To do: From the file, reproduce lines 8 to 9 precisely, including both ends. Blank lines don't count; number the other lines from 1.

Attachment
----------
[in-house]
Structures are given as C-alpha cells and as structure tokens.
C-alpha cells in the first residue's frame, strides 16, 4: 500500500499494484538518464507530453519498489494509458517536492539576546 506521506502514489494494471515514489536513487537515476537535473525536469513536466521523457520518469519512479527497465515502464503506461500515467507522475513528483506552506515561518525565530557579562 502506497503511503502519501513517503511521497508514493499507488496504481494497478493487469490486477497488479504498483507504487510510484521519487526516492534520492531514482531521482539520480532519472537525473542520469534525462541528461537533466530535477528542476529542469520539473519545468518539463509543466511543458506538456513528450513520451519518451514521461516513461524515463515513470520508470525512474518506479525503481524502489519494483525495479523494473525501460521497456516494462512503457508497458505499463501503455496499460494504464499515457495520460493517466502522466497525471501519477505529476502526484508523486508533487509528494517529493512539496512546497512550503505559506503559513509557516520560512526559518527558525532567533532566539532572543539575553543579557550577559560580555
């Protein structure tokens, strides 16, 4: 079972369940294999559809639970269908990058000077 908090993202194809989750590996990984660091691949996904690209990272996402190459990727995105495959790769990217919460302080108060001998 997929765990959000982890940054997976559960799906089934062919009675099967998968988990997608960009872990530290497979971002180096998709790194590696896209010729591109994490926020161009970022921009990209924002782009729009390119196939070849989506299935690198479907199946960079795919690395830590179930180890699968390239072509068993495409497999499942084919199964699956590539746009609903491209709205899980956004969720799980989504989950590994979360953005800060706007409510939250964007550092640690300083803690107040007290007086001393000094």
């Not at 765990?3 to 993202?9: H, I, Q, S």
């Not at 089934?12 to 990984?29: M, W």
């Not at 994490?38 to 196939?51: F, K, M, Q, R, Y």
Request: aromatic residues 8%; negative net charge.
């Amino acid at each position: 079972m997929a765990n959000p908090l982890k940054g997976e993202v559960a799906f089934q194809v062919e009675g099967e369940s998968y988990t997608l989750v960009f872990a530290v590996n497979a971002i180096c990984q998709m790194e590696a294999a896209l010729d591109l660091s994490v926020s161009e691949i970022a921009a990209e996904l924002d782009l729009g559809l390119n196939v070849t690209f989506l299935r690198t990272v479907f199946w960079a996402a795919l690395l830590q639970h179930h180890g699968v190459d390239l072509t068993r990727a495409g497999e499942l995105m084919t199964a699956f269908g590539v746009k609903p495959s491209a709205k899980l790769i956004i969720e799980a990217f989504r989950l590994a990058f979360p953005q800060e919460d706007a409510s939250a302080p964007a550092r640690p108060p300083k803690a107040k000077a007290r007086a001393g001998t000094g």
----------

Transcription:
Request: aromatic residues 8%; negative net charge.
């Amino acid at each position: 079972m997929a765990n959000p908090l982890k940054g997976e993202v559960a799906f089934q194809v062919e009675g099967e369940s998968y988990t997608l989750v960009f872990a530290v590996n497979a971002i180096c990984q998709m790194e590696a294999a896209l010729d591109l660091s994490v926020s161009e691949i970022a921009a990209e996904l924002d782009l729009g559809l390119n196939v070849t690209f989506l299935r690198t990272v479907f199946w960079a996402a795919l690395l830590q639970h179930h180890g699968v190459d390239l072509t068993r990727a495409g497999e499942l995105m084919t199964a699956f269908g590539v746009k609903p495959s491209a709205k899980l790769i956004i969720e799980a990217f989504r989950l590994a990058f979360p953005q800060e919460d706007a409510s939250a302080p964007a550092r640690p108060p300083k803690a107040k000077a007290r007086a001393g001998t000094g």